Snowstorms, three years of 5 am sunrises, and a lot of real, actual tears (you’ll know EXACTLY when my ugly manbaby tears hit the keyboard) went into this one. If you enjoy it, please let me know.

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As always, a huge thanks to Dylan Edwards for his incredible cover, endless patience, and therapeutic upload support. And to everyone that pushed me further to make this the best book I’ve ever written (See acknowledgements).

Here’s the link:

 

If your Canadian (high five!), here’s your link:

https://www.amazon.ca/Drown-Ash-Lunen-Regiment-Trilogy-ebook/dp/B07G6XP3YM/ref=sr_1_1?ie=UTF8&qid=1533992398&sr=8-1&keywords=To+Drown+in+Ash

Annnd here’s the link for my UK fans:

https://www.amazon.co.uk/Drown-Ash-Lunen-Regiment-Trilogy-ebook/dp/B07G6XP3YM/ref=sr_1_1?ie=UTF8&qid=1533993126&sr=8-1&keywords=To+Drown+in+Ash

 

 

 

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A team of Atlantic Canadian writers and Newfoundland’s EnGen Books crack three bestseller lists!

Chillers from the Rock, the third volume in the modern From the Rock series, hit #1 Bestseller in 4 different categories on March 18, 2018: a full 10 days before its release. The categories include Vampire Thrillers, Werewolves & Shifters, Vigilante Justice, and Hot New Releases – Thrillers. As of this writing it has reached […]

via Chillers from the Rock becomes an Amazon Canadian Bestseller in 4 categories: Vampire, Werewolf/Shifter, Vigilante Justice, & Hot New Thriller Releases! — Engen Books

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Great News! KDP FINALLY reveals your historical sales!

Not sure if you noticed (the savvy among you probably have), but KDP quietly rolled out their new reports format!

I’ve wondered since I started with Kindle Direct Publishing why they could not plot out the master sales list for the titles Indies publish. Not only would it make for great nostalgia during those cold, isolated months of dead sales, and drive writers forward after seeing that, yes, there once was a day when you were knocking it out of the park (regardless of numbers; in this day and age, all readers are precious readers, in my opinion), but it’s important to be able to look back and see what you’ve accomplished in total.

At least, my accountant thinks it is.

Well, wonder no more!

screencap new archived database KDP

KDP’s new Historical Report gives you every single sale monthly since you started publishing, and every single KOLL page read. This enables you to accurately track total sales, identify trends, and total your copies sold and free titles distributed since the dawn of KDP-time.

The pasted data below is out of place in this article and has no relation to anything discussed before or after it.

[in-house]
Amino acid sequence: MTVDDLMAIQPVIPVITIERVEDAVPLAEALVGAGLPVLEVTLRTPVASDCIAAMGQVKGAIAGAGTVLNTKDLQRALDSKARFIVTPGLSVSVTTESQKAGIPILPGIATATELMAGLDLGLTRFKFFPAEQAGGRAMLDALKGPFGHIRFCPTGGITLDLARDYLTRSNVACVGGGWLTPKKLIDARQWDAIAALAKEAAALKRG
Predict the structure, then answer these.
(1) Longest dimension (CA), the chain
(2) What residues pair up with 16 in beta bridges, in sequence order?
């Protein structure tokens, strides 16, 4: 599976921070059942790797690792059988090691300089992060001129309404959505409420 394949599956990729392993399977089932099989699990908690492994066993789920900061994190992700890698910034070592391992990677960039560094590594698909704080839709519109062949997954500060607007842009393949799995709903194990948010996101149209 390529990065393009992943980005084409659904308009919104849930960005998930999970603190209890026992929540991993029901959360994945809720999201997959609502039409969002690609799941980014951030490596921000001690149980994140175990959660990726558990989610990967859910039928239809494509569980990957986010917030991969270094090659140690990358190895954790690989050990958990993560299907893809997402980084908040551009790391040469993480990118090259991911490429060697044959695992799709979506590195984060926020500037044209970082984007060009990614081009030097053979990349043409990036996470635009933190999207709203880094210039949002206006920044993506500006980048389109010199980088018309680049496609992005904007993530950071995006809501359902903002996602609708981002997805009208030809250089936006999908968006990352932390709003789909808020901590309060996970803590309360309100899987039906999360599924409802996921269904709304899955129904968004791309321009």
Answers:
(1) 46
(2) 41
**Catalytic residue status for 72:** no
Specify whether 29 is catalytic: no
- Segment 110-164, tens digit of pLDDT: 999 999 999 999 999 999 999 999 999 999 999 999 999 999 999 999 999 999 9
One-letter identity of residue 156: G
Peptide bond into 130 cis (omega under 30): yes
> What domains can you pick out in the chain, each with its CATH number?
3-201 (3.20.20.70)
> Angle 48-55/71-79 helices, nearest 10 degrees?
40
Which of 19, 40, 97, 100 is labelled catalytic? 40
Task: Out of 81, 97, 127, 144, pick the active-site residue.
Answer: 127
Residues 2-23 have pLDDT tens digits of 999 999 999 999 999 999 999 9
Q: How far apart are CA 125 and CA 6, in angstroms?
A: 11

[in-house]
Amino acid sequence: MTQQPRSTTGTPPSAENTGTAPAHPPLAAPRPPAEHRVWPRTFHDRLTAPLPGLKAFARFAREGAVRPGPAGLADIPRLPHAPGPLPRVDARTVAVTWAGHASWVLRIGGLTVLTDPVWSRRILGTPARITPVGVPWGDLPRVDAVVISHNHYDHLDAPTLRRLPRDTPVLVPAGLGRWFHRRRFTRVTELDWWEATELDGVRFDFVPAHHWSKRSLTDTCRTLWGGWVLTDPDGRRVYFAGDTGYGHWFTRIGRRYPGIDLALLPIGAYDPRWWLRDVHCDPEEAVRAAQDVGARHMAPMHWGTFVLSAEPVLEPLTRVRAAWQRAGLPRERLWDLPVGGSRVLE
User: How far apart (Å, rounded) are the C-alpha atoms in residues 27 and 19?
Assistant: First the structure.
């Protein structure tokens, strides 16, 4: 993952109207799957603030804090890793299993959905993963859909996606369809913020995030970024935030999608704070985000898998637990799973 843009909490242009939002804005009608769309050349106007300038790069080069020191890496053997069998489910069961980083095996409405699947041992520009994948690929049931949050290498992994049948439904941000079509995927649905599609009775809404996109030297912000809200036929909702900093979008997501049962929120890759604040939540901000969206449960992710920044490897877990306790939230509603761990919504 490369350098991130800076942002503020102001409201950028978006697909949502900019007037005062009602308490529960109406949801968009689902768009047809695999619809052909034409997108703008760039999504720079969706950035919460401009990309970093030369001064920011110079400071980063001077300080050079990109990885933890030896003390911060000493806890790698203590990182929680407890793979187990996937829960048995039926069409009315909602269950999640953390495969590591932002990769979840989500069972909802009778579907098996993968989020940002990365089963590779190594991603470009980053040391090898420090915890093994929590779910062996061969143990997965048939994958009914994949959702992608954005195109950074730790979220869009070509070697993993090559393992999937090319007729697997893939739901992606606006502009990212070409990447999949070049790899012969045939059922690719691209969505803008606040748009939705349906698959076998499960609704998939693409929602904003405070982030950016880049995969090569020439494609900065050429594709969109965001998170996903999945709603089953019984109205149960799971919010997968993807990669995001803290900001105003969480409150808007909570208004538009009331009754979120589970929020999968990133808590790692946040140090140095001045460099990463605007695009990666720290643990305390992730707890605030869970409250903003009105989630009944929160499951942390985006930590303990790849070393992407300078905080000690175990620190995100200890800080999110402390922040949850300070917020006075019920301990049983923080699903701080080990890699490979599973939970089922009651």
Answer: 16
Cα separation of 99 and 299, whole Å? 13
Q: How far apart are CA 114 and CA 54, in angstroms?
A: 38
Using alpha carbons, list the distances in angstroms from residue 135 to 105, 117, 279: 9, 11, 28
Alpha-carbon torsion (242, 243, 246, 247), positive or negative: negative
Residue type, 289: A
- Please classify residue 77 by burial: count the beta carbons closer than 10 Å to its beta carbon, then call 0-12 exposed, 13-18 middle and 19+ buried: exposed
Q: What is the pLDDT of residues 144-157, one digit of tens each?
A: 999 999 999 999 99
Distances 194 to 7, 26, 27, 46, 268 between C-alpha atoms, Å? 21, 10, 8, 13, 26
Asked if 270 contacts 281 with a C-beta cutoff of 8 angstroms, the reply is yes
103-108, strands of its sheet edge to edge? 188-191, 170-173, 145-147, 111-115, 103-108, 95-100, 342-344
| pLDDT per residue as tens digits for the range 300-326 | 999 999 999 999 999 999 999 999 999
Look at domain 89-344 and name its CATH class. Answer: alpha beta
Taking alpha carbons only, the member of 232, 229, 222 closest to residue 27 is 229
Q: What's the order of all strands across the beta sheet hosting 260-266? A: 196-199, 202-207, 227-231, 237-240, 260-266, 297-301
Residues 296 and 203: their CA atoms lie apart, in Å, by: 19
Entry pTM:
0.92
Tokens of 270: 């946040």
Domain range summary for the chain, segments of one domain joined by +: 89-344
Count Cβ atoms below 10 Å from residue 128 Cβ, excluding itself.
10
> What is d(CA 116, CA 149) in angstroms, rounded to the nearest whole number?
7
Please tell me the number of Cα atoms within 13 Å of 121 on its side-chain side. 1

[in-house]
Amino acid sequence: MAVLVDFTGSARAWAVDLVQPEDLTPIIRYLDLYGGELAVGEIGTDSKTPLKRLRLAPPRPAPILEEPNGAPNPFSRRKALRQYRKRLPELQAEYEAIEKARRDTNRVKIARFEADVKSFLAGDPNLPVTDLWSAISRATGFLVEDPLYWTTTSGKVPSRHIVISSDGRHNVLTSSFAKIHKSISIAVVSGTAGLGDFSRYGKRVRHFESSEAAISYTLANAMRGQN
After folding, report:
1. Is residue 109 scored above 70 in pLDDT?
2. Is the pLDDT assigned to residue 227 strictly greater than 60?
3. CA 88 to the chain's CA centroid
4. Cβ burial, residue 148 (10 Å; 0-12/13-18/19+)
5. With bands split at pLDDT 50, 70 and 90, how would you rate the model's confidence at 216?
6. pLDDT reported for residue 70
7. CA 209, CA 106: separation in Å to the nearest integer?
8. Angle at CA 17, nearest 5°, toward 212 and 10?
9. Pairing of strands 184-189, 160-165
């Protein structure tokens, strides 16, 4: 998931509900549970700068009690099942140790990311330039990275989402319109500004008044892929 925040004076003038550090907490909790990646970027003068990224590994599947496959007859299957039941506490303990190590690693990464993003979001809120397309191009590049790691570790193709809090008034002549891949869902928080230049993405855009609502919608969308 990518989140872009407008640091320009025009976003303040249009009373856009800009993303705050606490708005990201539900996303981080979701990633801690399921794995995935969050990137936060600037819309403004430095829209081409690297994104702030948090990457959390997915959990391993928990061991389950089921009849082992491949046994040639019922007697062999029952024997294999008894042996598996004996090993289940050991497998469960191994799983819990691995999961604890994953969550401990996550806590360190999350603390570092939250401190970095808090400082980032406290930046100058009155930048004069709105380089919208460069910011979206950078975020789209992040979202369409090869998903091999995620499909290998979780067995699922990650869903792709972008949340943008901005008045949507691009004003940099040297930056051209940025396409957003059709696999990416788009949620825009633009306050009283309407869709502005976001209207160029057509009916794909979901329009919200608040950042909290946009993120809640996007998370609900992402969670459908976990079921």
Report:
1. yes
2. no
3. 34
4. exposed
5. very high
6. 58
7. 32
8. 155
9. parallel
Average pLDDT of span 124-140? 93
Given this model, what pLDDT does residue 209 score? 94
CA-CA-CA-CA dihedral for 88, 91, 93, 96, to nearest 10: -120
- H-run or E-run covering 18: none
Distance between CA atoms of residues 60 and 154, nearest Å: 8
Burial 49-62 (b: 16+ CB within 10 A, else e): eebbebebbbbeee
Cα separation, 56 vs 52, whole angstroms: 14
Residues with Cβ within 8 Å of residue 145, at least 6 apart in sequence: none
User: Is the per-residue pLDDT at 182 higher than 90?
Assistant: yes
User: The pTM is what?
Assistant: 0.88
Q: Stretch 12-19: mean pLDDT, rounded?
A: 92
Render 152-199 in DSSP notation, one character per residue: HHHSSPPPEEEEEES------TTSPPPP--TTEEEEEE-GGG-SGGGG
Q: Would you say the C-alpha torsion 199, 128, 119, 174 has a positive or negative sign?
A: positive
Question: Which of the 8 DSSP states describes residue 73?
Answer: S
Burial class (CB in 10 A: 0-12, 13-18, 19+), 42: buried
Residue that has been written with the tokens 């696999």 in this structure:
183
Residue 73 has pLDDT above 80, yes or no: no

The new format also sets up by sales period, and lists all royalties earned by country in total, which immediately gives you your best selling countries. The report still offers the month-to-date tables, but now provides a payments and pre-orders tab, all  in one header.

Slick, easy to use, and all in one place.

A huge development for Indie writers everywhere!

Stop looking at my short blue poles. I was busy writing.

Go check our your new KDP report page! What do you think of it?

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One Day.

There are many kinds of people who make up our world.

There are people who  fight. They grab each day by the throat and don’t let go until they get that day done.

There are people who pretend. Who make it look like they can do the things they cannot so that the world will applaud them. But the world never applauds anyone, not in any real way, and their hearts are destined to break.

There are people who burn. Who carry a furnace fuelled by bitterness because life has flowed around them like a river, and they cannot bend the currents to their will. Steam and noise ensue, and peace is a laughable dream.

There is another kind. There are quiet, shy people who hate storms. Who try, every day, to stand, walk, and even carry others with whatever power they have, which varies every day. Whose tools get lost or break or were never in the toolbox, or the storm has whipped them away, lost in the wind and sound and terror. But every day, they try.

They get up, in the face of panic and fear, and they try. Some days they are beaten before they even open their eyes, and the trying takes too long, and it’s hard.

But somehow, they do it. And life and the world do not record their battles, don’t call their names, don’t applaud. Sometimes, it only announces their failures, which feeds the opinion of the ignorant. The world expects perfection while it takes away their tools. The world demands more while it pressures you with less.